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Thursday, October 20, 2016

Seven Questions That Must Be Answered Before A Foreclosure Settlement

Why the secrecy? Why the haste? Rushing into an ill-advised settlement with the banks may undo one of our last chances to avert another economic catastrophe.

Tomorrow is the deadline for state attorneys general to sign on to a joint federal and multi-state $25 billion settlement of the robo-mortgage scandal. The settlement will involve Ally Financial Inc. (formerly GMAC), Bank of America Corp., Citigroup Inc., J.P. Morgan Chase & Co., and Wells Fargo & Co. The details of the proposed settlement have not been released. However, one thing is clear: This settlement puts the nation at further risk of another systematic financial crisis and runs counter to any notion that the actions of the Obama administration will reflect the president’s newly energized populist rhetoric.

As a nation, we need to ask several questions. As a participatory democracy, we also have the right to the answers before any settlement is inked:

1. In his State of the Union Address, President Obama announced a new financial crimes taskforce, yet the administration is rushing to finalize this settlement before the taskforce begins its work. Why?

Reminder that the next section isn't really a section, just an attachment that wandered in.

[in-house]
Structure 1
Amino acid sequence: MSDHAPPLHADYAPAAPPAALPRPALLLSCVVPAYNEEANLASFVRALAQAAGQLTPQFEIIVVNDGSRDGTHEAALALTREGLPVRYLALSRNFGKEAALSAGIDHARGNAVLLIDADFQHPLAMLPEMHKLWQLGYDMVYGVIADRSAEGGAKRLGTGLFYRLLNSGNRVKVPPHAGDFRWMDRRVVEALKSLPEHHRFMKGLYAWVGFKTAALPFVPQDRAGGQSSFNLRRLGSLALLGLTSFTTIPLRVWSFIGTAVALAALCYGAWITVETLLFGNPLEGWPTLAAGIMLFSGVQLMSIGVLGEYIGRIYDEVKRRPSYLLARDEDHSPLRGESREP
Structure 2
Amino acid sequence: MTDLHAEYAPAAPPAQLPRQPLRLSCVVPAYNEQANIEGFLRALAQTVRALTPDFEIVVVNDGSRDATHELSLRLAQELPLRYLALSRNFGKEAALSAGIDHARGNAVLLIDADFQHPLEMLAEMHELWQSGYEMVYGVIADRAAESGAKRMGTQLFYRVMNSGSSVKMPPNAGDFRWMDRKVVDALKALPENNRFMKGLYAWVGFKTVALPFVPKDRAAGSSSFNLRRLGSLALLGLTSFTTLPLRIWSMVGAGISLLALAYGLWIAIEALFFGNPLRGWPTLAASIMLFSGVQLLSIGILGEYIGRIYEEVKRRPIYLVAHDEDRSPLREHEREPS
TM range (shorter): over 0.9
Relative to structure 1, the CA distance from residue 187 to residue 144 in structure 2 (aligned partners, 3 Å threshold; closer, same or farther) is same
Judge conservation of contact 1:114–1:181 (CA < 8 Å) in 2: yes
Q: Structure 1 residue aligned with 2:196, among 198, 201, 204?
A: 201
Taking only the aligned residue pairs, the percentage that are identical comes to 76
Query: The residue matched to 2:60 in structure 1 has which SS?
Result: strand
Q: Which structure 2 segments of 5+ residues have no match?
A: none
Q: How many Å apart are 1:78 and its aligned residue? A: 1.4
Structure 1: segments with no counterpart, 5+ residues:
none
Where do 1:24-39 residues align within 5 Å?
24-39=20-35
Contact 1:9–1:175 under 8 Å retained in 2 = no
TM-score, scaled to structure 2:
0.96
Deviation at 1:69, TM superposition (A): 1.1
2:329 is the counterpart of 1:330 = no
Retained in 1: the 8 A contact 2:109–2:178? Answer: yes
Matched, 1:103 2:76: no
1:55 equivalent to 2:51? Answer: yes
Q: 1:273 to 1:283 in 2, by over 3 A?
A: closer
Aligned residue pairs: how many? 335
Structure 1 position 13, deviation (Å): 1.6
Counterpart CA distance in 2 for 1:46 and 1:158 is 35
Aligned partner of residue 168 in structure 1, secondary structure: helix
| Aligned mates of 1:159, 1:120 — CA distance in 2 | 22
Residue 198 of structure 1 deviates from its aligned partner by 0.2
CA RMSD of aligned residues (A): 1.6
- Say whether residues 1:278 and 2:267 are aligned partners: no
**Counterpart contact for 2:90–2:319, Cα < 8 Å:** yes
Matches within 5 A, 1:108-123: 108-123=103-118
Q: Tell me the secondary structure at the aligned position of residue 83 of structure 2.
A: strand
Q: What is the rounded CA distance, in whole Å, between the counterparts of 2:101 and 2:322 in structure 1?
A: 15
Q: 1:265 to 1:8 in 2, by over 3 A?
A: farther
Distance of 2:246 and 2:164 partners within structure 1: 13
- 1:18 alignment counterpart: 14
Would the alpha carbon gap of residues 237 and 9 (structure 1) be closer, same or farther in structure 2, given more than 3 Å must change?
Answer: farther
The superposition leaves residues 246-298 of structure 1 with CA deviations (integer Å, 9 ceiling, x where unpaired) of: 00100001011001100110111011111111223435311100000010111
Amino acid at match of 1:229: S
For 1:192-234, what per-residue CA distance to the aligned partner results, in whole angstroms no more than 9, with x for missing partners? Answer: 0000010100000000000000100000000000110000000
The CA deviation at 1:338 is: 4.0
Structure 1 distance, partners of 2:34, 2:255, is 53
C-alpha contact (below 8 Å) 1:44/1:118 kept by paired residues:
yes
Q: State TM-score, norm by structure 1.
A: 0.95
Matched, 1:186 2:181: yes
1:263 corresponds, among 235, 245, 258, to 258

2. What is the public interest in releasing banks that have openly admitted they broke the law in tens of thousands of separate instances from liability?

3. The bank narrative has been that the robo-mortgage scandal reflected procedural issues of no consequence (despite the fact that they constituted fraud, perjury, conspiracy, and a knowing effort to mislead the court). Recently, a new narrative has emerged that suggests these activities were actually the back-end of even greater malfeasance involving tax evasion and the banks’ failure to comply with basic rules in securitizing mortgages. If we are a nation where justice is blind, should we not investigate the full truth before we give the offending financial institutions another free pass?

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Copyright 2012 The National Memo
  • valszy

    What I don’t understand is why the robosigners and those who authorized the practice are not being prosecuted. Anytime I have signed a legal document there is a statement that I am doing so under penalty of law for perjury, which means every robosigner was committing perjury. The GOP tried to impeach a sitting president for perjury that affected few other than his family, so why not push for prosecution of the thousands, millions of documented perjuries that adversely impacted millions of Americans? People should be going to jail, in addition to heavy fines.